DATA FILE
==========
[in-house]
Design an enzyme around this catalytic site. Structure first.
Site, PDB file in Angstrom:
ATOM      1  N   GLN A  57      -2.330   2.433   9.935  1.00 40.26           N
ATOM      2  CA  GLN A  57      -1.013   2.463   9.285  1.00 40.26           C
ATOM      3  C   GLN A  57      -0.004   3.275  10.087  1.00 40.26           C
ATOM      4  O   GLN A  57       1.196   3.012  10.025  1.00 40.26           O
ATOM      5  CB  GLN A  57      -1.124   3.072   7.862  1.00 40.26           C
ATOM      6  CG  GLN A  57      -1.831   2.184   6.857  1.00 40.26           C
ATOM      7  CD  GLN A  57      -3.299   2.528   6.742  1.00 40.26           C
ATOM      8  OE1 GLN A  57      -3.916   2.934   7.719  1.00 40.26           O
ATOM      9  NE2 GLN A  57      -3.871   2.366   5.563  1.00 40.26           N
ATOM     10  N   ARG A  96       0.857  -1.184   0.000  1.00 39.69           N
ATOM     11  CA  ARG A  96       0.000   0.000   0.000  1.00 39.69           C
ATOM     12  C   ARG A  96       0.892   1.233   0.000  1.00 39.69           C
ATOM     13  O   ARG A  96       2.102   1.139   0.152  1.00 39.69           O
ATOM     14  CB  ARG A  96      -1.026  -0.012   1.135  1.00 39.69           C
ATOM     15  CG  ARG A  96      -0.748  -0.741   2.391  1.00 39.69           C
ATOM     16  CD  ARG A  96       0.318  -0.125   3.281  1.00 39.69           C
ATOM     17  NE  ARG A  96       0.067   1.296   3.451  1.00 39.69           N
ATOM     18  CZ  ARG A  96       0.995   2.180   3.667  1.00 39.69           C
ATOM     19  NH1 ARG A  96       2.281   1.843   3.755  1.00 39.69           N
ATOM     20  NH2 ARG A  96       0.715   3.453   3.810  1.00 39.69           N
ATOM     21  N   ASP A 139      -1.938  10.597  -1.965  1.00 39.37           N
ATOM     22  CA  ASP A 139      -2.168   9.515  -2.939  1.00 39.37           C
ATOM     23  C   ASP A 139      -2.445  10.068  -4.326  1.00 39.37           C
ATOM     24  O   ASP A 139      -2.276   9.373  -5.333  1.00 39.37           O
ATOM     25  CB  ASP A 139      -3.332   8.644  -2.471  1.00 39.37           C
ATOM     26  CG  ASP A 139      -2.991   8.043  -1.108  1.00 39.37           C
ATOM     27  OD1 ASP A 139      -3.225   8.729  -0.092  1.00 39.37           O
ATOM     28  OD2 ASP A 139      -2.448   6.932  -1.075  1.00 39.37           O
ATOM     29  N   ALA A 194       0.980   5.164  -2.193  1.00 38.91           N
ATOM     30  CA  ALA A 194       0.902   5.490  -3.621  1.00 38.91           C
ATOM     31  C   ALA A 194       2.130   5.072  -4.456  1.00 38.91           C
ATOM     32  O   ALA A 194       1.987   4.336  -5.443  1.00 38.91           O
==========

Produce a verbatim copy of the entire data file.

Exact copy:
[in-house]
Design an enzyme around this catalytic site. Structure first.
Site, PDB file in Angstrom:
ATOM      1  N   GLN A  57      -2.330   2.433   9.935  1.00 40.26           N
ATOM      2  CA  GLN A  57      -1.013   2.463   9.285  1.00 40.26           C
ATOM      3  C   GLN A  57      -0.004   3.275  10.087  1.00 40.26           C
ATOM      4  O   GLN A  57       1.196   3.012  10.025  1.00 40.26           O
ATOM      5  CB  GLN A  57      -1.124   3.072   7.862  1.00 40.26           C
ATOM      6  CG  GLN A  57      -1.831   2.184   6.857  1.00 40.26           C
ATOM      7  CD  GLN A  57      -3.299   2.528   6.742  1.00 40.26           C
ATOM      8  OE1 GLN A  57      -3.916   2.934   7.719  1.00 40.26           O
ATOM      9  NE2 GLN A  57      -3.871   2.366   5.563  1.00 40.26           N
ATOM     10  N   ARG A  96       0.857  -1.184   0.000  1.00 39.69           N
ATOM     11  CA  ARG A  96       0.000   0.000   0.000  1.00 39.69           C
ATOM     12  C   ARG A  96       0.892   1.233   0.000  1.00 39.69           C
ATOM     13  O   ARG A  96       2.102   1.139   0.152  1.00 39.69           O
ATOM     14  CB  ARG A  96      -1.026  -0.012   1.135  1.00 39.69           C
ATOM     15  CG  ARG A  96      -0.748  -0.741   2.391  1.00 39.69           C
ATOM     16  CD  ARG A  96       0.318  -0.125   3.281  1.00 39.69           C
ATOM     17  NE  ARG A  96       0.067   1.296   3.451  1.00 39.69           N
ATOM     18  CZ  ARG A  96       0.995   2.180   3.667  1.00 39.69           C
ATOM     19  NH1 ARG A  96       2.281   1.843   3.755  1.00 39.69           N
ATOM     20  NH2 ARG A  96       0.715   3.453   3.810  1.00 39.69           N
ATOM     21  N   ASP A 139      -1.938  10.597  -1.965  1.00 39.37           N
ATOM     22  CA  ASP A 139      -2.168   9.515  -2.939  1.00 39.37           C
ATOM     23  C   ASP A 139      -2.445  10.068  -4.326  1.00 39.37           C
ATOM     24  O   ASP A 139      -2.276   9.373  -5.333  1.00 39.37           O
ATOM     25  CB  ASP A 139      -3.332   8.644  -2.471  1.00 39.37           C
ATOM     26  CG  ASP A 139      -2.991   8.043  -1.108  1.00 39.37           C
ATOM     27  OD1 ASP A 139      -3.225   8.729  -0.092  1.00 39.37           O
ATOM     28  OD2 ASP A 139      -2.448   6.932  -1.075  1.00 39.37           O
ATOM     29  N   ALA A 194       0.980   5.164  -2.193  1.00 38.91           N
ATOM     30  CA  ALA A 194       0.902   5.490  -3.621  1.00 38.91           C
ATOM     31  C   ALA A 194       2.130   5.072  -4.456  1.00 38.91           C
ATOM     32  O   ALA A 194       1.987   4.336  -5.443  1.00 38.91           O